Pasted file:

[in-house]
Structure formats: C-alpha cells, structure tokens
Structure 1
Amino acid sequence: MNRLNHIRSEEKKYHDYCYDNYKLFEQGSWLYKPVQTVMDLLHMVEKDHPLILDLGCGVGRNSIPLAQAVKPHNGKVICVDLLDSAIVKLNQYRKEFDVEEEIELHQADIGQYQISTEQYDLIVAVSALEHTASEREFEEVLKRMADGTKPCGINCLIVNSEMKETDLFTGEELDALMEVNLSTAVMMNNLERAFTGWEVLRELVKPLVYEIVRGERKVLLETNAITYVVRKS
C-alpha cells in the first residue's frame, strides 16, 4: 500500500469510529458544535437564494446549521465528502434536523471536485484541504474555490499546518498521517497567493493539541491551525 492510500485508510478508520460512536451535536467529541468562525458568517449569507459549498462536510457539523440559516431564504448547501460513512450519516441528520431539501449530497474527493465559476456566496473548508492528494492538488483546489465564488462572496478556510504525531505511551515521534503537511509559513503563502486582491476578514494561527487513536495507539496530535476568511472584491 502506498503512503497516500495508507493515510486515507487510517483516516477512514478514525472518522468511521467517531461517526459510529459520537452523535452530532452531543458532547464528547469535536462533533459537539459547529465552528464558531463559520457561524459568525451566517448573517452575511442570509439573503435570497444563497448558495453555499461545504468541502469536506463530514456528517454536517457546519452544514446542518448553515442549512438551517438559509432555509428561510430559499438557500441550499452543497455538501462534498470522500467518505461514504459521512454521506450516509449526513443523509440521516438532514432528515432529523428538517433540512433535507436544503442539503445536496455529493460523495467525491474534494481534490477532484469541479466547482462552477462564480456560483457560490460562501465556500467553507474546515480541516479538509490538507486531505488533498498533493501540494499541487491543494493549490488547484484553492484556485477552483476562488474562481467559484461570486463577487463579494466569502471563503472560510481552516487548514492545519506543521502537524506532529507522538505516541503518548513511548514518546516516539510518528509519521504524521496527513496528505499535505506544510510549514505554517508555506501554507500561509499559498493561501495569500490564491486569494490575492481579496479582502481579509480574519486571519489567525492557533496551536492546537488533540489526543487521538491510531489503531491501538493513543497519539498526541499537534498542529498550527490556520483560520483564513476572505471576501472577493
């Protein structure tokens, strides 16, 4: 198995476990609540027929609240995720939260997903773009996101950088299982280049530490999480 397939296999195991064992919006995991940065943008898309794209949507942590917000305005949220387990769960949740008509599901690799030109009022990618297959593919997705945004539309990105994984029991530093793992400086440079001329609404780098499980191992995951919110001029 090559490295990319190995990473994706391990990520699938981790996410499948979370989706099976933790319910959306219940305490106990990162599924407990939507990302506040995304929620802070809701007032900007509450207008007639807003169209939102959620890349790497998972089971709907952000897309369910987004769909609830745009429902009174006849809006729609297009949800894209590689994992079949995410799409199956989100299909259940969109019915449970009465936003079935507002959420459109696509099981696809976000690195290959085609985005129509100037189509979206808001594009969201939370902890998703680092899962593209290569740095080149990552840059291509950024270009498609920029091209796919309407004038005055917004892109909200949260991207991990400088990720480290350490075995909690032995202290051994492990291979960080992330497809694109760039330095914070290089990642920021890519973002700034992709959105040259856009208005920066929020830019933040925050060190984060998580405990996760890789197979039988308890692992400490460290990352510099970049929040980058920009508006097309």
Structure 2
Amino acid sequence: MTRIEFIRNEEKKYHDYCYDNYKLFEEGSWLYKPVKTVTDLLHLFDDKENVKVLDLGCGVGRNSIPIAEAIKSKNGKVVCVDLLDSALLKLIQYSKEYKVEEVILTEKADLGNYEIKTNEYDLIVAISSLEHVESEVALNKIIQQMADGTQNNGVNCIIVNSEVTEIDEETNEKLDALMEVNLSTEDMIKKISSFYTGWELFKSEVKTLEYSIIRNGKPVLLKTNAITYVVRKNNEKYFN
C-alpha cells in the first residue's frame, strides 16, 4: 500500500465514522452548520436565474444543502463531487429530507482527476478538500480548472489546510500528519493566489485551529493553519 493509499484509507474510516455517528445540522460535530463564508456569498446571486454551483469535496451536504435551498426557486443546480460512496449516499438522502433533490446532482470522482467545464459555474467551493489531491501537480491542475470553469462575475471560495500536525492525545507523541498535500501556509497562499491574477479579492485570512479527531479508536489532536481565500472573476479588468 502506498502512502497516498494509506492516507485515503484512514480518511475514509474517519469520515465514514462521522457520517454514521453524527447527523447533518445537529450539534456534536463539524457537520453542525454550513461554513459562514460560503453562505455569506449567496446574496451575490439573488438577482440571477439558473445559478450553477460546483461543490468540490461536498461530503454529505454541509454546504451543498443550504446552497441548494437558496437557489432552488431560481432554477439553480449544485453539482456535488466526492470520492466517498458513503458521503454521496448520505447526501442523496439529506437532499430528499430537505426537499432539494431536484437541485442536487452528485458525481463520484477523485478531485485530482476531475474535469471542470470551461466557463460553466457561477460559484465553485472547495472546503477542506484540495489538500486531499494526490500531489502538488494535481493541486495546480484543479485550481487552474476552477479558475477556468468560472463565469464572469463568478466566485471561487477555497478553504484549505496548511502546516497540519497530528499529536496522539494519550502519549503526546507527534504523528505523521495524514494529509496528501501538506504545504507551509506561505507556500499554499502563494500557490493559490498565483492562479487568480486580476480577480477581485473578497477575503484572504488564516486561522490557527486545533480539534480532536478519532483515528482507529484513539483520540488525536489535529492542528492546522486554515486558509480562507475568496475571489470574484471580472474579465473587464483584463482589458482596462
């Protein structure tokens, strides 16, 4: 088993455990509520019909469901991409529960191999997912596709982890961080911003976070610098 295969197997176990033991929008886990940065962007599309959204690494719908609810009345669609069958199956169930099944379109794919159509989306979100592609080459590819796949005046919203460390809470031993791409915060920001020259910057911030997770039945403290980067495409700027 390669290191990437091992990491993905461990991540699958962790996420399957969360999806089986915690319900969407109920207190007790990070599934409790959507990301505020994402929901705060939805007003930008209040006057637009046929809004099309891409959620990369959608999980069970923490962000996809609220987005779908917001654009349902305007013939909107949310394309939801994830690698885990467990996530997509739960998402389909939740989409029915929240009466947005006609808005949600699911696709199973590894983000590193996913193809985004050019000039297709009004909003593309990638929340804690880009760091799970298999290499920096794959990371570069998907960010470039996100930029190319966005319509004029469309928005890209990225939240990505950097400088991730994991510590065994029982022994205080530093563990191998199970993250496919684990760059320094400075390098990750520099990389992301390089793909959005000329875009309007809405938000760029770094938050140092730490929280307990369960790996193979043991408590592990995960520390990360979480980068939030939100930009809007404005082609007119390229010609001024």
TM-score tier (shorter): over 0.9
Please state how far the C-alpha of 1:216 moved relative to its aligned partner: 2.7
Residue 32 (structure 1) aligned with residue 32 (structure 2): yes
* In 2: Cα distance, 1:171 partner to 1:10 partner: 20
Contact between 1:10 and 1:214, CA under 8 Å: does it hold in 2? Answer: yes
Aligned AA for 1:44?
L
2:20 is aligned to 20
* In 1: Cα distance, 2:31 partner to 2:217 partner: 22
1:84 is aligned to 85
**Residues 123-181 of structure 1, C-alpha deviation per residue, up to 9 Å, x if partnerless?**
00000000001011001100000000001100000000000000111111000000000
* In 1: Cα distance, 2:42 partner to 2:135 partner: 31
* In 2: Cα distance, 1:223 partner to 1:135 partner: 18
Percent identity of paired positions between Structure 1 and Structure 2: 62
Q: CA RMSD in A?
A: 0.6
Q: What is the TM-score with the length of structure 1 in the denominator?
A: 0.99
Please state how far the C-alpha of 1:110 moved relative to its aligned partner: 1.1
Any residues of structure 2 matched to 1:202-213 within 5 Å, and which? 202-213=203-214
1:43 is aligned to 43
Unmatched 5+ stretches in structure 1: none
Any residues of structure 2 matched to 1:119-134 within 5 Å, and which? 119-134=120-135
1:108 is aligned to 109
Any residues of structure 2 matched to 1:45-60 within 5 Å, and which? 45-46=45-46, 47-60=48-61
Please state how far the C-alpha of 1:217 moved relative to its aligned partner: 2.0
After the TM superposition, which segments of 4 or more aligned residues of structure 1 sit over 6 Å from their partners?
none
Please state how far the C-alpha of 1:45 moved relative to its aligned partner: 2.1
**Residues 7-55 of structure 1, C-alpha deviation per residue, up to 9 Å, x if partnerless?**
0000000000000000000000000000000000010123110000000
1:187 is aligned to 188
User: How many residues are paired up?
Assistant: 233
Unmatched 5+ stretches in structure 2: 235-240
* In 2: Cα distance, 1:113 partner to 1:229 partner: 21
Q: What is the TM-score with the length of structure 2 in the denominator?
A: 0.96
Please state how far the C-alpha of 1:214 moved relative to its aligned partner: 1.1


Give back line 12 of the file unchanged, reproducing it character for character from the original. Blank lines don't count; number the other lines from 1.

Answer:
Please state how far the C-alpha of 1:216 moved relative to its aligned partner: 2.7